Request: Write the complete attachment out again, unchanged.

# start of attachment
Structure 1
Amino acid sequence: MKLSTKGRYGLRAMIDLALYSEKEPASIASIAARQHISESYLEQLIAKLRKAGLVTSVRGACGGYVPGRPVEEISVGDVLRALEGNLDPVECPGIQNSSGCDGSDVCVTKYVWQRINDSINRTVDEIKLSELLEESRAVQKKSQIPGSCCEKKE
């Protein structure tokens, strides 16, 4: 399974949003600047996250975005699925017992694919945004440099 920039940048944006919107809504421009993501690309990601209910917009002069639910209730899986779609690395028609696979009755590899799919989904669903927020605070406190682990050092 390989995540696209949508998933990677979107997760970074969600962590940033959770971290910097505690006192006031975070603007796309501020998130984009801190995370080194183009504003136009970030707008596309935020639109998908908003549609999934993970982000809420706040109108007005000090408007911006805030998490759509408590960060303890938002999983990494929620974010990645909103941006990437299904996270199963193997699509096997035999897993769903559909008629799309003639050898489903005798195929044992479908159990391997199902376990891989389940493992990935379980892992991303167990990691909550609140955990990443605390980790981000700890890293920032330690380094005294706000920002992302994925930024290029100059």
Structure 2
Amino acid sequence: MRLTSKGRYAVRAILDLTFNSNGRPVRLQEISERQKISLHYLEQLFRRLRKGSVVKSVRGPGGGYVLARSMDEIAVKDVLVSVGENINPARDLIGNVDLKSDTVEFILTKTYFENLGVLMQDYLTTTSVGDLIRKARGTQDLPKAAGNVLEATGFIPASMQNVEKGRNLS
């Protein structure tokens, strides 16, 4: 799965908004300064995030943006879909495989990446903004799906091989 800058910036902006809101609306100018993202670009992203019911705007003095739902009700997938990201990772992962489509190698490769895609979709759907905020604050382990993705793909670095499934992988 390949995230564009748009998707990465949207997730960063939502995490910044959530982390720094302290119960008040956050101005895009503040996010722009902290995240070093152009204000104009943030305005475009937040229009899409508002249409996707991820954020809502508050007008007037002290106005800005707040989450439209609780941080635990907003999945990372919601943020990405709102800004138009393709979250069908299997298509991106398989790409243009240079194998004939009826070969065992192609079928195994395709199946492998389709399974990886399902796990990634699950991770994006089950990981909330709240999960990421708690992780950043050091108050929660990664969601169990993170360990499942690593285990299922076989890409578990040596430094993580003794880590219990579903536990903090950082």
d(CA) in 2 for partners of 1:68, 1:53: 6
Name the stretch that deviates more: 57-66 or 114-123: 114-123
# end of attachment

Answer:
Structure 1
Amino acid sequence: MKLSTKGRYGLRAMIDLALYSEKEPASIASIAARQHISESYLEQLIAKLRKAGLVTSVRGACGGYVPGRPVEEISVGDVLRALEGNLDPVECPGIQNSSGCDGSDVCVTKYVWQRINDSINRTVDEIKLSELLEESRAVQKKSQIPGSCCEKKE
């Protein structure tokens, strides 16, 4: 399974949003600047996250975005699925017992694919945004440099 920039940048944006919107809504421009993501690309990601209910917009002069639910209730899986779609690395028609696979009755590899799919989904669903927020605070406190682990050092 390989995540696209949508998933990677979107997760970074969600962590940033959770971290910097505690006192006031975070603007796309501020998130984009801190995370080194183009504003136009970030707008596309935020639109998908908003549609999934993970982000809420706040109108007005000090408007911006805030998490759509408590960060303890938002999983990494929620974010990645909103941006990437299904996270199963193997699509096997035999897993769903559909008629799309003639050898489903005798195929044992479908159990391997199902376990891989389940493992990935379980892992991303167990990691909550609140955990990443605390980790981000700890890293920032330690380094005294706000920002992302994925930024290029100059």
Structure 2
Amino acid sequence: MRLTSKGRYAVRAILDLTFNSNGRPVRLQEISERQKISLHYLEQLFRRLRKGSVVKSVRGPGGGYVLARSMDEIAVKDVLVSVGENINPARDLIGNVDLKSDTVEFILTKTYFENLGVLMQDYLTTTSVGDLIRKARGTQDLPKAAGNVLEATGFIPASMQNVEKGRNLS
């Protein structure tokens, strides 16, 4: 799965908004300064995030943006879909495989990446903004799906091989 800058910036902006809101609306100018993202670009992203019911705007003095739902009700997938990201990772992962489509190698490769895609979709759907905020604050382990993705793909670095499934992988 390949995230564009748009998707990465949207997730960063939502995490910044959530982390720094302290119960008040956050101005895009503040996010722009902290995240070093152009204000104009943030305005475009937040229009899409508002249409996707991820954020809502508050007008007037002290106005800005707040989450439209609780941080635990907003999945990372919601943020990405709102800004138009393709979250069908299997298509991106398989790409243009240079194998004939009826070969065992192609079928195994395709199946492998389709399974990886399902796990990634699950991770994006089950990981909330709240999960990421708690992780950043050091108050929660990664969601169990993170360990499942690593285990299922076989890409578990040596430094993580003794880590219990579903536990903090950082």
d(CA) in 2 for partners of 1:68, 1:53: 6
Name the stretch that deviates more: 57-66 or 114-123: 114-123